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A House committee has voted to hold Attorney General Eric Holder in contempt of Congress – even after the Obama administration asserted executive privilege in an attempt to undercut a congressional investigation of “Fast and Furious,” a program in which the Department of Justice allowed guns to be sold and delivered to Mexican drug cartels.

The House Committee on Oversight and Government Reform voted 23 to 17 along party lines. Now the contempt resolution goes to the full House of Representatives for a vote.

Today’s vote came more than eight months after the committee issued a subpoena to Holder in 2011 to release all internal Justice Department documents related to the program. Holder responded by only releasing 7,000 documents and withholding thousands more.

In a last-minute effort to stop the vote today, the White House  argued that tens of thousands of documents related to “Fast and Furious” were covered by executive privilege and should not be released. Holder had asked President Obama to assert executive privilege in the case.

U.S. Rep. Darrell Issa, R-Calif., had scheduled the meeting for this morning when word came from James Cole, a deputy attorney general, who said the president asserted the privilege to block the documents from being released.

Immediately, Sen. Charles Grassley, R-Iowa, who has been adamant about getting to the bottom of the scandal and find out who was responsible for the circumstances that led to the death of Border Patrol Agent Brian Terry, said the White House move raised “monumental questions.”

“How can the president exert executive privilege over documents he’s supposedly never seen?” he wondered.

The vote was briefly delayed after the White House announcement. However, after 20 minutes, Issa announced that the White House’s letter claiming executive privilege would not stop the vote.

Grassley’s question was based on affirmations from the federal government that the president was not involved in the situation.

The issue is that one of the guns delivered to a Mexican drug cartel under the DOJ project was found at the scene where Terry was murdered.

It was Arizona-based agents of the Bureau of Alcohol, Tobacco and Firearms who apparently tried to build a case against suspected smugglers of firearms to Mexico. They allowed suspected smugglers to buy some 2,000 firearms and deliver them to cartels. The idea was that the weapons were supposed to have been tracked.

But they weren’t.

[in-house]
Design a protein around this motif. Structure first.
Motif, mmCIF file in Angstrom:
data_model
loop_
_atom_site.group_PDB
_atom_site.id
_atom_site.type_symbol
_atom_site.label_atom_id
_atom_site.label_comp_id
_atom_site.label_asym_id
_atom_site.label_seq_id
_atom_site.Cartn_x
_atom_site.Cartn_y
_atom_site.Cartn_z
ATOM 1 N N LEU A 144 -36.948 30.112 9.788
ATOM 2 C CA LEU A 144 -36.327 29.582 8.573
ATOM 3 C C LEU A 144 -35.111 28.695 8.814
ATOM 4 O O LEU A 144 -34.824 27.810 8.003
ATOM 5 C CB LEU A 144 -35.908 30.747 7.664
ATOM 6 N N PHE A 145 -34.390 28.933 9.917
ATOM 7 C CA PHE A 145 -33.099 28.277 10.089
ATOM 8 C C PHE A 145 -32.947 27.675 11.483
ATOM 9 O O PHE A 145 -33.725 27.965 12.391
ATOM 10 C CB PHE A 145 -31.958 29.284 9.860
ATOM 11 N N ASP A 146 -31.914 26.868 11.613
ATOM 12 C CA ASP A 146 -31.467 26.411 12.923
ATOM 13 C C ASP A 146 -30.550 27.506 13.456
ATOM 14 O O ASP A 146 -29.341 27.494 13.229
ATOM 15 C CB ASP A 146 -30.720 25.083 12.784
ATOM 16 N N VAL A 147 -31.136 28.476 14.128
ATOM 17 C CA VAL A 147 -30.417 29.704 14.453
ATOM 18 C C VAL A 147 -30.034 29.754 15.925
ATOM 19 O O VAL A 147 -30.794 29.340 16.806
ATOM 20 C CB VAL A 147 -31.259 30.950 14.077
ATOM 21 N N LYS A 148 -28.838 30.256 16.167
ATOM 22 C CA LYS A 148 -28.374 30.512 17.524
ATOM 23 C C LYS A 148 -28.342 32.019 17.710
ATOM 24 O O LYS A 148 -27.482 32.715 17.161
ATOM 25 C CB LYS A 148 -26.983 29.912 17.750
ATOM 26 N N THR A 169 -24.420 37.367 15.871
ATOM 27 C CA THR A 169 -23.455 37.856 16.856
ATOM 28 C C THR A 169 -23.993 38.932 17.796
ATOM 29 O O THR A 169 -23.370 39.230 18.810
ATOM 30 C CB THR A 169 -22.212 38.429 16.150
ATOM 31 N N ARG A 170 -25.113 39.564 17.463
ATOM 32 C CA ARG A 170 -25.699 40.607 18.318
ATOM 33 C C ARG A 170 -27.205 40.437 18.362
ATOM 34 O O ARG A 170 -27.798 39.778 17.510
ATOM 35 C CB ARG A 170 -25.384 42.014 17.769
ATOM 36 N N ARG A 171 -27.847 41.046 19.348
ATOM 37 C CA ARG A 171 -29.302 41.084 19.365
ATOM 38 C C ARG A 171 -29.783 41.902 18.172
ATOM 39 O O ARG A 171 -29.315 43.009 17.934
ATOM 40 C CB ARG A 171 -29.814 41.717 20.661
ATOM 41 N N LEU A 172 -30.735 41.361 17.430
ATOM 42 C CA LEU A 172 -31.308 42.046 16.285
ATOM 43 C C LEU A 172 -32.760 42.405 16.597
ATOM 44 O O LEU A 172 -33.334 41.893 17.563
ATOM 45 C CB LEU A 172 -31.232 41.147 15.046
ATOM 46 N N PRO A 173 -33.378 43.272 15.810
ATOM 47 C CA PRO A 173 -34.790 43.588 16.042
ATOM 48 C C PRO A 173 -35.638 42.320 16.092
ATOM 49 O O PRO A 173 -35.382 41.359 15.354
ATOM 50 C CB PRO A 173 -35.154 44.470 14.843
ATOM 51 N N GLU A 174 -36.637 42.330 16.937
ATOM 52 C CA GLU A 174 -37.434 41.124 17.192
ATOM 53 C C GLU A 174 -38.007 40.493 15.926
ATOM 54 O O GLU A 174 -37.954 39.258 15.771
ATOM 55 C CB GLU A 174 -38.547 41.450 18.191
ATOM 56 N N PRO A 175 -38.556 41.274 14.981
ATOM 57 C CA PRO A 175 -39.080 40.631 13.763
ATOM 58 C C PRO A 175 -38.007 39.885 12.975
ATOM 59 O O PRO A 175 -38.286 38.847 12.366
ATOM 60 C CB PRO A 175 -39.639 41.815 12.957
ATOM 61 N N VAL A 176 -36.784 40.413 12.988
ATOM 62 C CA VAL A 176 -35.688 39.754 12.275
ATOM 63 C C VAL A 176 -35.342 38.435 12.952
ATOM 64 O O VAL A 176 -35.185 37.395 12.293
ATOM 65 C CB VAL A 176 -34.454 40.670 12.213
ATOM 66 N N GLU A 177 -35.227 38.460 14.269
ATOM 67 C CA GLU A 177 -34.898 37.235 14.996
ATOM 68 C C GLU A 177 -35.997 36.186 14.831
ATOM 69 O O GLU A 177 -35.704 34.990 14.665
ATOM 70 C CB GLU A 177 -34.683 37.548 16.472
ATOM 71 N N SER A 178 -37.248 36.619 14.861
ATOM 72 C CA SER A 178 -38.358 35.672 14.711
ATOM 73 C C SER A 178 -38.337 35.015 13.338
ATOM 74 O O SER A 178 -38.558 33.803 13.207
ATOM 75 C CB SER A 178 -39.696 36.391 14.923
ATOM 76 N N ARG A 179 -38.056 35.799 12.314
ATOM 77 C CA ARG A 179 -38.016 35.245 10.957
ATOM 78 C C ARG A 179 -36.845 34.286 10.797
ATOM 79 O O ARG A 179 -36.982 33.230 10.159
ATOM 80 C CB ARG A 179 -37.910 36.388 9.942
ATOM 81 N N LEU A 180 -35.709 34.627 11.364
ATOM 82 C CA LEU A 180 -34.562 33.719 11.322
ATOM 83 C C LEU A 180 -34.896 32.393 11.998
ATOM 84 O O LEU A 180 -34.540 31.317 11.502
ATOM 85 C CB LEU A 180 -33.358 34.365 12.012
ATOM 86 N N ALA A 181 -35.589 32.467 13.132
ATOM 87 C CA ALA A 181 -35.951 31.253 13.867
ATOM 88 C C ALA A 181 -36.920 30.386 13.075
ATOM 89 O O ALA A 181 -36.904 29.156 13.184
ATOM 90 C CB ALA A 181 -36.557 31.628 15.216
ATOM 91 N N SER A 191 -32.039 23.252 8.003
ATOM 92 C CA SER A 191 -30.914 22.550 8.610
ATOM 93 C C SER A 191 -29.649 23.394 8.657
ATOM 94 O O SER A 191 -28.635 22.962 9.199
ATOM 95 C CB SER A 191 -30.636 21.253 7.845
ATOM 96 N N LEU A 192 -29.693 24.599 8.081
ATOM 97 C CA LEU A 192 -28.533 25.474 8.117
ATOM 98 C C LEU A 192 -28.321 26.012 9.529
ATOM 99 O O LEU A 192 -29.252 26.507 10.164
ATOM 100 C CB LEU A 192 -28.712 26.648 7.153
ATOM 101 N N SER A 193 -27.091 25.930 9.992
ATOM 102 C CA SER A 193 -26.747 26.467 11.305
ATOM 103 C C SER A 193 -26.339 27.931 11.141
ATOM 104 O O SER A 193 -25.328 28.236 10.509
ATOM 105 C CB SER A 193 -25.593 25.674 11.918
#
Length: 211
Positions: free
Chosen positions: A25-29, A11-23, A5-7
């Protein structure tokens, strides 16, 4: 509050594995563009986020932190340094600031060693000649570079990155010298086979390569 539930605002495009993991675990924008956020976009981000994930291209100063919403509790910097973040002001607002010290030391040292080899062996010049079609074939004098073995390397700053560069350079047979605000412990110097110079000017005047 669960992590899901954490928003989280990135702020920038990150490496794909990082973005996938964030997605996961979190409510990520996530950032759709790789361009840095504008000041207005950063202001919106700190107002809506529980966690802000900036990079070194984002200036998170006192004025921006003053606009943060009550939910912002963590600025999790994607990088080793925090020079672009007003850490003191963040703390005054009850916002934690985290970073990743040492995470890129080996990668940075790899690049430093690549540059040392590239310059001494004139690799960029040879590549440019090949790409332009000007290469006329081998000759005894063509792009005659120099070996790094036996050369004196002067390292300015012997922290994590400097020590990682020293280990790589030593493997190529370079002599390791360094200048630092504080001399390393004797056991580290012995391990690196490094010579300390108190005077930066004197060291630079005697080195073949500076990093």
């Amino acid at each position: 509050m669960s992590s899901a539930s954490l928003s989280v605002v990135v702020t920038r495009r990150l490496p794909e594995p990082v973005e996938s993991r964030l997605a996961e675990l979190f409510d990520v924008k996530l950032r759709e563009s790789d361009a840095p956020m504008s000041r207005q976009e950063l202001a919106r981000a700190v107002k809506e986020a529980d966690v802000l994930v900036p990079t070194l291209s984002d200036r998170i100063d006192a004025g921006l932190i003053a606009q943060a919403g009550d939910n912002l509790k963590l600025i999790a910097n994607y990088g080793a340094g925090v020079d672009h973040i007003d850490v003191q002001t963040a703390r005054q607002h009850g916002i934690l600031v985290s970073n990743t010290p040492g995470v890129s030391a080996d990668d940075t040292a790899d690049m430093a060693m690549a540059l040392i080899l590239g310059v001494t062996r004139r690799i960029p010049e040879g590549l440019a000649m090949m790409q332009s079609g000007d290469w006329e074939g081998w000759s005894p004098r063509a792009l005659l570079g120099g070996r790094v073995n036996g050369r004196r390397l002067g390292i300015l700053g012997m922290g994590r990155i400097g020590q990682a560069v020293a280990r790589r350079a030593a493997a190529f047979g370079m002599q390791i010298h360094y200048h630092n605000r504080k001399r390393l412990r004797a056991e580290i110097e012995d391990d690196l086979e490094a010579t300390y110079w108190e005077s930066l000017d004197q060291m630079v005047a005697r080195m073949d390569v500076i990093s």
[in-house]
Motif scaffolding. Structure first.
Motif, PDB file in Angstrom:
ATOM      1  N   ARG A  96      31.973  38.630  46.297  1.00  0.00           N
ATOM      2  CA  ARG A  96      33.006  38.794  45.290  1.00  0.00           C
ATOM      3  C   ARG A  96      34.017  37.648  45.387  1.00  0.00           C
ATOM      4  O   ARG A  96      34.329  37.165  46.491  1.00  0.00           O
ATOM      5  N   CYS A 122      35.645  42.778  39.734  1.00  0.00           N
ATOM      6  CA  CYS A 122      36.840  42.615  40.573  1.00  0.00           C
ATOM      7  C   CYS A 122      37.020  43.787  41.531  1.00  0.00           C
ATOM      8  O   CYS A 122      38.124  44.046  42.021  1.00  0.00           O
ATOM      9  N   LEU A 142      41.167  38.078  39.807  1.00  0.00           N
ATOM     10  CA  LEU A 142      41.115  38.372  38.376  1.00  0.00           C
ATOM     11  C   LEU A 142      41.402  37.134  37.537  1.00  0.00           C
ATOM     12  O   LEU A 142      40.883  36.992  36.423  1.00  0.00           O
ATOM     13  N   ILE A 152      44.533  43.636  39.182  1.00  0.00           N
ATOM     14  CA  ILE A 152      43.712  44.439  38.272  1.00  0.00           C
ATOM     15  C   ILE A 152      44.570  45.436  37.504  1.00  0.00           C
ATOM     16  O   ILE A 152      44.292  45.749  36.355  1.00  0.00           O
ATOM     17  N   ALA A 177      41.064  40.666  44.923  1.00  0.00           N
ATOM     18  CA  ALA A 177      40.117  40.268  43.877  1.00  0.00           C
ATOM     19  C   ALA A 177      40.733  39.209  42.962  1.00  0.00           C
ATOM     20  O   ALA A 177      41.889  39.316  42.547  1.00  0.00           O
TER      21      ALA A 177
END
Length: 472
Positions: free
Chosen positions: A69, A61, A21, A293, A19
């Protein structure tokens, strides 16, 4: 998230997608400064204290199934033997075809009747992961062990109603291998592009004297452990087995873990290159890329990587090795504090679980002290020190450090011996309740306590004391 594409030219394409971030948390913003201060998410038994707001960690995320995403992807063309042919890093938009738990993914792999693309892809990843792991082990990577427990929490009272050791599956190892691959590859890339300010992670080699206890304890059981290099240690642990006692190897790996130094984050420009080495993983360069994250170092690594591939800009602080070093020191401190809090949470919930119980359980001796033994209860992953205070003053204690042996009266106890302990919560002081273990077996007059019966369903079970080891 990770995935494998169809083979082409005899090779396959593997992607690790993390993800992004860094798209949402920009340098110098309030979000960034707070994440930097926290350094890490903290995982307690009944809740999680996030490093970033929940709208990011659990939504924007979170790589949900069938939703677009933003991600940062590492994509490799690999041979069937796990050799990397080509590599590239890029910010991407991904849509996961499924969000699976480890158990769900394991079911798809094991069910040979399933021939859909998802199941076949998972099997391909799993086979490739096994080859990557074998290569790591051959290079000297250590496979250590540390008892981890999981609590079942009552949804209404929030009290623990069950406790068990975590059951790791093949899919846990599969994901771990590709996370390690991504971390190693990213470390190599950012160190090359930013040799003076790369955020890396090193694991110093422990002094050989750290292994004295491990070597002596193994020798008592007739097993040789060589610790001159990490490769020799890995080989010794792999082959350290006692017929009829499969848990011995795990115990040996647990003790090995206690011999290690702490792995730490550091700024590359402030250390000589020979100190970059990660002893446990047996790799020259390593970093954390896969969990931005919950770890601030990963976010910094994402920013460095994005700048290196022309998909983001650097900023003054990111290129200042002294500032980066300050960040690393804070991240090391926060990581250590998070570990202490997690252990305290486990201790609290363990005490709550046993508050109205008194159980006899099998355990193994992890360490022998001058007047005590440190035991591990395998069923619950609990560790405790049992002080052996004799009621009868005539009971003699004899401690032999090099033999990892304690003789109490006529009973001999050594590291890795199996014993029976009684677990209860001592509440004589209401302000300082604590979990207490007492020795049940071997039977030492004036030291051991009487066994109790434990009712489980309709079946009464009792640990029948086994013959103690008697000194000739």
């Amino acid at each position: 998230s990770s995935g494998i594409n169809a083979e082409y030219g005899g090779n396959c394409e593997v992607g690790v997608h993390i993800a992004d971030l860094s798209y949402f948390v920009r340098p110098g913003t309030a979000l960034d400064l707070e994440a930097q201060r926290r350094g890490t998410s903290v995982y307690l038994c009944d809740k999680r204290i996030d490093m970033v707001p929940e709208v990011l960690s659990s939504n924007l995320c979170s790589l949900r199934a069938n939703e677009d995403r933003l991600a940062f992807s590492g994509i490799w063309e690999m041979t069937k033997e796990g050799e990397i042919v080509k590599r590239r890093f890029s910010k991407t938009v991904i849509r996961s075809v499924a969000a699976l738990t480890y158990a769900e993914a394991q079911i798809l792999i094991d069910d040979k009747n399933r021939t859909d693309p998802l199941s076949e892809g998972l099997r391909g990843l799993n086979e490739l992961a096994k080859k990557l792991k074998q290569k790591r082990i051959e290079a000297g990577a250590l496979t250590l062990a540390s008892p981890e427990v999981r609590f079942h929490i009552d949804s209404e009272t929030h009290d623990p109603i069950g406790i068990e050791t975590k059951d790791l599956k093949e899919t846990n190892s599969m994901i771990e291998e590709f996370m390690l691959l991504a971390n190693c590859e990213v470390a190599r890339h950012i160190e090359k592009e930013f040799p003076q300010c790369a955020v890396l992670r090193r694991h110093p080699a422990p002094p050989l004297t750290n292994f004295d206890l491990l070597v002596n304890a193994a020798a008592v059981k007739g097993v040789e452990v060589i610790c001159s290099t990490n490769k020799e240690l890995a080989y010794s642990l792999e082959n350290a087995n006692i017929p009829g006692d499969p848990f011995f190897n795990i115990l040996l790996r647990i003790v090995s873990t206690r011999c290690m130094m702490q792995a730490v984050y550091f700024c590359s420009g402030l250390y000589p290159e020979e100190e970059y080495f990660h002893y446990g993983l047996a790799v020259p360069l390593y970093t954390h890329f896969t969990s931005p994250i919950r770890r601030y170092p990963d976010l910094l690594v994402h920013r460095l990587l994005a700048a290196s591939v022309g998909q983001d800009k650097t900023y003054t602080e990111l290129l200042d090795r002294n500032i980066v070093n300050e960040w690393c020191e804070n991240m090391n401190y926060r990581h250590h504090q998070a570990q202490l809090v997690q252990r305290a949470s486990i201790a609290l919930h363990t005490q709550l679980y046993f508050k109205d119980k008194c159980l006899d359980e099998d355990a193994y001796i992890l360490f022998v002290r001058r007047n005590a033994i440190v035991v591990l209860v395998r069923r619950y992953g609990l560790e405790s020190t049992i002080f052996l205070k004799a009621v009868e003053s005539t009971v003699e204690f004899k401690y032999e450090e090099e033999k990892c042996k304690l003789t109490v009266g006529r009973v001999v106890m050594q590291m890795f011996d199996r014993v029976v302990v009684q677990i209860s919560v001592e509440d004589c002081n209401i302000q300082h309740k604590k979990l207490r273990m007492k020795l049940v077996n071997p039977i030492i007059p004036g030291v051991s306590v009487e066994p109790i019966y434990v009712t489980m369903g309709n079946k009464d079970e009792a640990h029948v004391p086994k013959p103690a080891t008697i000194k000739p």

The resulting scandal has focused on who authorized such activities, who knew about them, and who was responsible.

Issa and Holder had met yesterday to discuss the DOJ’s refusal to turn over thousands of documents on the situation that the House had subpoenaed. Reports say Holder insisted that Issa back off on his investigation.

The committee vote for contempt will be followed by a discussion on the issue in the full House. Ultimately, a contempt citation could be produced and delivered to the U.S. attorney in Washington.

One focal point is a letter delivered to Congress that allegedly was intended to mislead members on the issue. The Justice Department later withdrew the statement.

Analysts said the move on the part of the White House could backfire, in that the investigation now could turn the focus on the White House.

After the committee vote today, Fox News reported Issa released the following statement:

The Oversight Committee voted to hold Attorney General Holder in contempt for his continued refusal to produce relevant documents in the investigation of Operation Fast and Furious. This was not the outcome I had hoped for and today’s proceeding would not have occurred had Attorney General Eric Holder actually produced the subpoenaed documents he said he could provide.

The president’s assertion of executive privilege this morning took us by surprise but did not alter the committee’s conclusion that documents had been inappropriately withheld. Executive privilege only applies to materials that directly pertain to communications with the president and his senior advisors. This assertion indicates that the White House’s role in Operation Fast and Furious and the response to whistleblower accusations has been greater than previously acknowledged. Just yesterday, the attorney general indicated a willingness to produce a small subset of documents on the condition that the committee end its investigation before they were described or made available for review. Today, the president asserted executive privilege to ensure they are never produced.

At the heart of the congressional investigation into Operation Fast and Furious are disastrous consequences: a murdered Border Patrol Agent, his grieving family seeking answers, countless deaths in Mexico, and the souring effect on our relationship with Mexico. Congress has not just a right, but an obligation to do all that it can to uncover exactly what happened and ensure that it never occurs again. After the Justice Department’s earlier false denial of reckless conduct, the committee has a duty to pursue all options to gather and evaluate key evidence.

I still believe that a settlement, rendering the process of contempt unnecessary, is in the best interest of the Justice Department, Congress, and those most directly affected by Operation Fast and Furious. I urge Attorney General Holder and President Obama to reconsider their decision to withhold documents that would allow Congress to complete its investigation.

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